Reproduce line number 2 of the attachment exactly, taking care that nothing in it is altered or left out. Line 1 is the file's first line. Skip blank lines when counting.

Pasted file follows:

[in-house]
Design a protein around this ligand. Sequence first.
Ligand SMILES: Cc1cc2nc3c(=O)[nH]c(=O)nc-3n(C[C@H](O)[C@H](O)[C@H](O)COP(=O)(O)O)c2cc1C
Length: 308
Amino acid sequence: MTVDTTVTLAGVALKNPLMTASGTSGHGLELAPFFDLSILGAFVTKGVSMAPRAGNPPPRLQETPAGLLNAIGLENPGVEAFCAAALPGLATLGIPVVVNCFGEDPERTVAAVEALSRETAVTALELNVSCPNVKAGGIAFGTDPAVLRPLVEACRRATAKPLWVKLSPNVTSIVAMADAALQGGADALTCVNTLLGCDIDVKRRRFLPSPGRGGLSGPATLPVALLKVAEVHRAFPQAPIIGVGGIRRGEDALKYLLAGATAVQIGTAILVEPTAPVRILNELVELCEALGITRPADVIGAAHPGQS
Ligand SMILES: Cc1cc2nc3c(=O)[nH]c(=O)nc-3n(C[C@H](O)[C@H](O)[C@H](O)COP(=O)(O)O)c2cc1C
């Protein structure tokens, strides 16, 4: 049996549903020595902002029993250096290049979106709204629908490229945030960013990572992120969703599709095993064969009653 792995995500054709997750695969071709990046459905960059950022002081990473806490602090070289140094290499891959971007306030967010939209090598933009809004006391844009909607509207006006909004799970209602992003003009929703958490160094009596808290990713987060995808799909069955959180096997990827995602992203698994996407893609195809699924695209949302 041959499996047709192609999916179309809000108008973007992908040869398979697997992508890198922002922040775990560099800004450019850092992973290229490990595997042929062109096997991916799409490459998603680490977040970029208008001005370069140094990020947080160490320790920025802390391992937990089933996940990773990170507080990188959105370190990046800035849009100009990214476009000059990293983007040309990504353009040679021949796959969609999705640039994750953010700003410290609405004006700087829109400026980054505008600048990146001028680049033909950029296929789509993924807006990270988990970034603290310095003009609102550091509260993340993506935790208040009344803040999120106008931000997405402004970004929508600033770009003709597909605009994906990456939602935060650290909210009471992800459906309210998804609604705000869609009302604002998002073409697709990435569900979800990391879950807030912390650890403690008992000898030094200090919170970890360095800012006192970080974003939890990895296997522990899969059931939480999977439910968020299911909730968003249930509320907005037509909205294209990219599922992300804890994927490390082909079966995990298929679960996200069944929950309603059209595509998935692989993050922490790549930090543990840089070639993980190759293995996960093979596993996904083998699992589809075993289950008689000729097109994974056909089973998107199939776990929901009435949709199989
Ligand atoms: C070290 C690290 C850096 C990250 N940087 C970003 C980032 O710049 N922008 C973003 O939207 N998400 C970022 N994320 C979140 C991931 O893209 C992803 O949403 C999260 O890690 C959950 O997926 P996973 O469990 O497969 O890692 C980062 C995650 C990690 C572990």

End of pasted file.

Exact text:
Design a protein around this ligand. Sequence first.